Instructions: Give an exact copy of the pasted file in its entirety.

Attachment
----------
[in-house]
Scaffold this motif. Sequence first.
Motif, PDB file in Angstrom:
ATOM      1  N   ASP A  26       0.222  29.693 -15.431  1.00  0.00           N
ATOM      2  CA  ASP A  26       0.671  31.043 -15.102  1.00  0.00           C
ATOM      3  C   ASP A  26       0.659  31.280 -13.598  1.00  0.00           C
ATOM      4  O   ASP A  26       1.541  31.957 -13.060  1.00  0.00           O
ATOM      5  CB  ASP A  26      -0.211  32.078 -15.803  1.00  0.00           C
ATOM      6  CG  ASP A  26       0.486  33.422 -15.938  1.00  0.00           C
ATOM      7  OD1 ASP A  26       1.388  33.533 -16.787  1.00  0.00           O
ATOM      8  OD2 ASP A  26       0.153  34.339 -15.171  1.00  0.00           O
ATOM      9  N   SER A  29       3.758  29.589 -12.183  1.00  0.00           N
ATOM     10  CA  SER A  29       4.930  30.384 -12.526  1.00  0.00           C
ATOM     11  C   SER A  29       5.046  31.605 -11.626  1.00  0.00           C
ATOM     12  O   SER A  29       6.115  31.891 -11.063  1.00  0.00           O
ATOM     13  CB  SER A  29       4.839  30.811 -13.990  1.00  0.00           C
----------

[in-house]
Scaffold this motif. Sequence first.
Motif, PDB file in Angstrom:
ATOM      1  N   ASP A  26       0.222  29.693 -15.431  1.00  0.00           N
ATOM      2  CA  ASP A  26       0.671  31.043 -15.102  1.00  0.00           C
ATOM      3  C   ASP A  26       0.659  31.280 -13.598  1.00  0.00           C
ATOM      4  O   ASP A  26       1.541  31.957 -13.060  1.00  0.00           O
ATOM      5  CB  ASP A  26      -0.211  32.078 -15.803  1.00  0.00           C
ATOM      6  CG  ASP A  26       0.486  33.422 -15.938  1.00  0.00           C
ATOM      7  OD1 ASP A  26       1.388  33.533 -16.787  1.00  0.00           O
ATOM      8  OD2 ASP A  26       0.153  34.339 -15.171  1.00  0.00           O
ATOM      9  N   SER A  29       3.758  29.589 -12.183  1.00  0.00           N
ATOM     10  CA  SER A  29       4.930  30.384 -12.526  1.00  0.00           C
ATOM     11  C   SER A  29       5.046  31.605 -11.626  1.00  0.00           C
ATOM     12  O   SER A  29       6.115  31.891 -11.063  1.00  0.00           O
ATOM     13  CB  SER A  29       4.839  30.811 -13.990  1.00  0.00           C